To get out of the mess we’re in, we need a new story that explains the present and guides the future, says author George Monbiot. Drawing on findings from psychology, neuroscience and evolutionary biology, he offers a new vision for society built around our fundamental capacity for altruism and cooperation.
This contagiously optimistic talk will make you rethink the possibilities for our shared future. It was given at the recent TED Summit in Edinburgh, a global gathering of 1,000 TED Speakers, TED Fellows, TED Translators, TED-ED volunteers and TEDx organisers. OPEN CEO Tony Cooke was there in person in his capacity as a TEDx organiser.
It will resonate well with those in the OPEN Community who are focused on pluralist economics, on post-neoliberalism or humanistic management. It will also be of interest to anyone researching the power of narratives, i.e. the stories we tell ourselves, and how they drive our behaviour.
As a young man, George Monbiot spent six years working as an investigative journalist in West Papua, Brazil and East Africa, during which time he was shot at, shipwrecked, beaten up, stung into a poisoned coma by hornets, became lost for days in a rainforest (where he ate rats and insects to avert starvation) and (incorrectly) pronounced clinically dead in a hospital in northern Kenya. Today, he leads a less adventurous life as an author, columnist for the Guardian and environmental campaigner.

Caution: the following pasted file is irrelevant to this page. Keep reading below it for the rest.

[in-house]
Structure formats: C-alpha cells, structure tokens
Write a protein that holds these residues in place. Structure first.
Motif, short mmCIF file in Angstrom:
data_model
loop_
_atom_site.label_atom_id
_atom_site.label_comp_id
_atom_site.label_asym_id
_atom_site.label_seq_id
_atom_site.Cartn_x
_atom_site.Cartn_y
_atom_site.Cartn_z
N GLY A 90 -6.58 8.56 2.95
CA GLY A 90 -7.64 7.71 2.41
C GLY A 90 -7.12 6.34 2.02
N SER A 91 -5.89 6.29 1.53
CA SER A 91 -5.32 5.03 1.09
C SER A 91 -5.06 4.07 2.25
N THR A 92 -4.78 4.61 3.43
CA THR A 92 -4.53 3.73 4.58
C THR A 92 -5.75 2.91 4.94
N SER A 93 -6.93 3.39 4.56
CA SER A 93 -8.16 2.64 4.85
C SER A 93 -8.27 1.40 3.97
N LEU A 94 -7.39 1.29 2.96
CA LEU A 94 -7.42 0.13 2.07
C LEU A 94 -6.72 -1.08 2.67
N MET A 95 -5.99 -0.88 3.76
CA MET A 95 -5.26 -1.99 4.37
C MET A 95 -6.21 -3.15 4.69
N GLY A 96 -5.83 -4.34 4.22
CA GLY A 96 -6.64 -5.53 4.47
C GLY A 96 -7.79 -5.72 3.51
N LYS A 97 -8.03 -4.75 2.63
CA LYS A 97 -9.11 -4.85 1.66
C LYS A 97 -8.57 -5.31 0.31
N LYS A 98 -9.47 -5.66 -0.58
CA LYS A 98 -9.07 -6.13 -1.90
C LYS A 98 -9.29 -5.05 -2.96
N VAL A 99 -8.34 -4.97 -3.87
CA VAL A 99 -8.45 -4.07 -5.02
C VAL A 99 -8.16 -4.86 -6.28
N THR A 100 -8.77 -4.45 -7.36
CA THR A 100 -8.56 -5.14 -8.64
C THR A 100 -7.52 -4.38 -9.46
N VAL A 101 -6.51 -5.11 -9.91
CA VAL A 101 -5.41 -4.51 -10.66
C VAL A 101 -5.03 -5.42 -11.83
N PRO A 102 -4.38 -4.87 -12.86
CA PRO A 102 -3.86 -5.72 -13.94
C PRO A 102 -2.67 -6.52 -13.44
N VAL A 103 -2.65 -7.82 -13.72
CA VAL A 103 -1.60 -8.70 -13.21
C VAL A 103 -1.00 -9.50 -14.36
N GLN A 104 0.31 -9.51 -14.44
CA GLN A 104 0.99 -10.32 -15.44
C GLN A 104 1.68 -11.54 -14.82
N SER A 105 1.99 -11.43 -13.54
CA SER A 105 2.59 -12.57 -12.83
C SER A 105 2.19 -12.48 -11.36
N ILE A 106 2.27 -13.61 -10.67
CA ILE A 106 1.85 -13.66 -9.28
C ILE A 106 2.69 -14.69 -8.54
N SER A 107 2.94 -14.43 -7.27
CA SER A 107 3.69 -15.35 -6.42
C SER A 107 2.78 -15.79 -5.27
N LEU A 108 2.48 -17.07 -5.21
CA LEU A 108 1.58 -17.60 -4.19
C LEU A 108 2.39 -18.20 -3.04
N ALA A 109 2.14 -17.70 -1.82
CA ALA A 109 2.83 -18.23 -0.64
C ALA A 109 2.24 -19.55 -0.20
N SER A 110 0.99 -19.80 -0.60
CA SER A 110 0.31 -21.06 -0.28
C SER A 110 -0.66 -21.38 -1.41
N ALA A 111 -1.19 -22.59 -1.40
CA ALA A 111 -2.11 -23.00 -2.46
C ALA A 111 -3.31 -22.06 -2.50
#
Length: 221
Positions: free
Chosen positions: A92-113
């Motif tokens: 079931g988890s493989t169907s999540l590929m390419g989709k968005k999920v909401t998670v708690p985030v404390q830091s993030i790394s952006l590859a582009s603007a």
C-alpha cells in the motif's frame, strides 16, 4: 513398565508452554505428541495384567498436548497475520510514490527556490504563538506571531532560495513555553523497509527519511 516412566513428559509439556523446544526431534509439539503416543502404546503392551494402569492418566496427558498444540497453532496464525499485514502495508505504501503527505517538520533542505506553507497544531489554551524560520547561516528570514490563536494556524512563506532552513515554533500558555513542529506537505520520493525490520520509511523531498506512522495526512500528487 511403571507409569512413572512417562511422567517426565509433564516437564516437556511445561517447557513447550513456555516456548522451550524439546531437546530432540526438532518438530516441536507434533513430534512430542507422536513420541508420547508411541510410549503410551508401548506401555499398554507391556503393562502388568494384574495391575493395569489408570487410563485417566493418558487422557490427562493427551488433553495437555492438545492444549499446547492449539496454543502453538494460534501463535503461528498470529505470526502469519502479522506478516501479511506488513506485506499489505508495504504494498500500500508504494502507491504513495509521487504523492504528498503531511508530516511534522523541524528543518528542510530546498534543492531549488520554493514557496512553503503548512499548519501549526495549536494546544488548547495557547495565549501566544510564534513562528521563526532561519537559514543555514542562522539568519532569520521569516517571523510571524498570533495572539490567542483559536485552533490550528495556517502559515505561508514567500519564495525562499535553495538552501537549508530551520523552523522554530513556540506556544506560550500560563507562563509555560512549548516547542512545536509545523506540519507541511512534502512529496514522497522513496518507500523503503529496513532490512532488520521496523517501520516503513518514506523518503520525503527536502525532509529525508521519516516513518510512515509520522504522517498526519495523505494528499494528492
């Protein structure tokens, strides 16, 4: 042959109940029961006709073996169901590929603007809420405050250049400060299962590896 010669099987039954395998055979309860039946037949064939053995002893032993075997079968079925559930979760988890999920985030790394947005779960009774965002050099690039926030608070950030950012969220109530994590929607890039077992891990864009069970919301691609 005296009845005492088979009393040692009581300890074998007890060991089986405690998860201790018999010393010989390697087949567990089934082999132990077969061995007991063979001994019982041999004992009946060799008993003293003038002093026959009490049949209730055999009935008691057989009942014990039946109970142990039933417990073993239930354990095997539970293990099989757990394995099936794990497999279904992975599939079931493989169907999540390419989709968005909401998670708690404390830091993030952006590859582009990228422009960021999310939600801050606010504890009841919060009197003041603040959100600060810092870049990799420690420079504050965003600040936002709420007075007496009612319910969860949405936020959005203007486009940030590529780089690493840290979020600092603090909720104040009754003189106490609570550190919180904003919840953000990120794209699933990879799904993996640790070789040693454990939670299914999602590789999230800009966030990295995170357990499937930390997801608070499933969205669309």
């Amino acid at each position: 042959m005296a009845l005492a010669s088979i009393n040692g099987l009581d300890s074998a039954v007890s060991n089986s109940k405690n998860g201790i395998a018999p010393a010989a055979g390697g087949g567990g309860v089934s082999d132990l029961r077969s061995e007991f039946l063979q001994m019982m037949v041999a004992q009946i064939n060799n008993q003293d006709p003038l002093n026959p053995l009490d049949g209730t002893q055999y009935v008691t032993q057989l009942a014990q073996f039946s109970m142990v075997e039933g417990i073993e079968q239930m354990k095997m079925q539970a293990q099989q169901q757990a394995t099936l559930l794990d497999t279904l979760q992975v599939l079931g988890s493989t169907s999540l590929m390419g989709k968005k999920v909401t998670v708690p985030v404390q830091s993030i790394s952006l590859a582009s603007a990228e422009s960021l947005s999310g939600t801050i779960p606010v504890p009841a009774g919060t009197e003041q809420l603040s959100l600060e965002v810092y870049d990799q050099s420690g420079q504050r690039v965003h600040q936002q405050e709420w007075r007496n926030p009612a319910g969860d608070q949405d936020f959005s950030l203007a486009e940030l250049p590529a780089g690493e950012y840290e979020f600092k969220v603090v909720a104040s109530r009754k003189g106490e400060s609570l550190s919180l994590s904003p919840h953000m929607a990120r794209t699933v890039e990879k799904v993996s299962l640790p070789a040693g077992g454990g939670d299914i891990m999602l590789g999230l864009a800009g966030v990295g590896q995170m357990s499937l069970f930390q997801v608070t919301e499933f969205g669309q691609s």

Among his books and projects are Feral: Rewilding the Land, Sea and Human Life; The Age of Consent; and Heat: How to Stop the Planet Burning. His latest book is Out of the Wreckage: A New Politics for an Age of Crisis. He has made a number of viral videos. One of them, “How Wolves Change Rivers,” based on an extract from his last TED Talk, has been watched 40 million times on YouTube.